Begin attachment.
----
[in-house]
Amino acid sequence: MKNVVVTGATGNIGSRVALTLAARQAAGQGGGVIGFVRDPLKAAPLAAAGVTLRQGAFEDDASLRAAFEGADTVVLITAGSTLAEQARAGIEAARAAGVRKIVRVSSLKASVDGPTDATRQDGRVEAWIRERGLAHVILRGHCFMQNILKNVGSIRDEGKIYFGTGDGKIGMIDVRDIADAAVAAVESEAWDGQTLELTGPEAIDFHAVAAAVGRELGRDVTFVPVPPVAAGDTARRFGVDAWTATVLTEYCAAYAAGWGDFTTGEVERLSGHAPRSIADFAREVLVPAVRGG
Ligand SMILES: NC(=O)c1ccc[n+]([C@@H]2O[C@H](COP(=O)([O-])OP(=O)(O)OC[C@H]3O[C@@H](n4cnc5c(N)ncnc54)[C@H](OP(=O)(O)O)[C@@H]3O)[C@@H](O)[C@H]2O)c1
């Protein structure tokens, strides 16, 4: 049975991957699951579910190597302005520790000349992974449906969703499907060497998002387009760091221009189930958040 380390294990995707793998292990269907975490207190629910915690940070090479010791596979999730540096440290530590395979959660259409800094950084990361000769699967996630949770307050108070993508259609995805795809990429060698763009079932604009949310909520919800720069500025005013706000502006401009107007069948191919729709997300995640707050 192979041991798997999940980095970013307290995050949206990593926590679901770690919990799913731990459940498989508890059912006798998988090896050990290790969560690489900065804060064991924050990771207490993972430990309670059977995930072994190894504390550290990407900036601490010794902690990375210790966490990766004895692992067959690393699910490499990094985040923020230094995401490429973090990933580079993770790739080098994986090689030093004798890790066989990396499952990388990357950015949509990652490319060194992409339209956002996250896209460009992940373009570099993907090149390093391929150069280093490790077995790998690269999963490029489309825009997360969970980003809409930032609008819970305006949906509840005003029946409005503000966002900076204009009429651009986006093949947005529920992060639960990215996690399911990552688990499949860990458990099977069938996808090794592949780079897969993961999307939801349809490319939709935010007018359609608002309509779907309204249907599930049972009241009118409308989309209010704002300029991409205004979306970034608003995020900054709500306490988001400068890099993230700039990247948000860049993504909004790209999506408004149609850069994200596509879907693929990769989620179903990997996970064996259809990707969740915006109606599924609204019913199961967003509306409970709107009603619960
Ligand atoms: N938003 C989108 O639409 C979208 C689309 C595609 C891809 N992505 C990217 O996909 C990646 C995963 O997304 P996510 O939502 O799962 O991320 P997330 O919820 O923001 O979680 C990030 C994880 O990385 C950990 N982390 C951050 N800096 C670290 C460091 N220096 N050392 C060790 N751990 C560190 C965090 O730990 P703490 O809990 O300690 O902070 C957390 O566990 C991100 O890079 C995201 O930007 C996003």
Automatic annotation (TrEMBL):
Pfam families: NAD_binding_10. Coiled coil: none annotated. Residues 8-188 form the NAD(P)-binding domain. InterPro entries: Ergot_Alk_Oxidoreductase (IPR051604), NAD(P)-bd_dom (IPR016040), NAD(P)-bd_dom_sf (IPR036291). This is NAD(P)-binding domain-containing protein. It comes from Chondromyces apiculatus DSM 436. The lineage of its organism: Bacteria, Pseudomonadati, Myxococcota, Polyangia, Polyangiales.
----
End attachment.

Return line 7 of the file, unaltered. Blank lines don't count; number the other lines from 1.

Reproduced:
Pfam families: NAD_binding_10. Coiled coil: none annotated. Residues 8-188 form the NAD(P)-binding domain. InterPro entries: Ergot_Alk_Oxidoreductase (IPR051604), NAD(P)-bd_dom (IPR016040), NAD(P)-bd_dom_sf (IPR036291). This is NAD(P)-binding domain-containing protein. It comes from Chondromyces apiculatus DSM 436. The lineage of its organism: Bacteria, Pseudomonadati, Myxococcota, Polyangia, Polyangiales.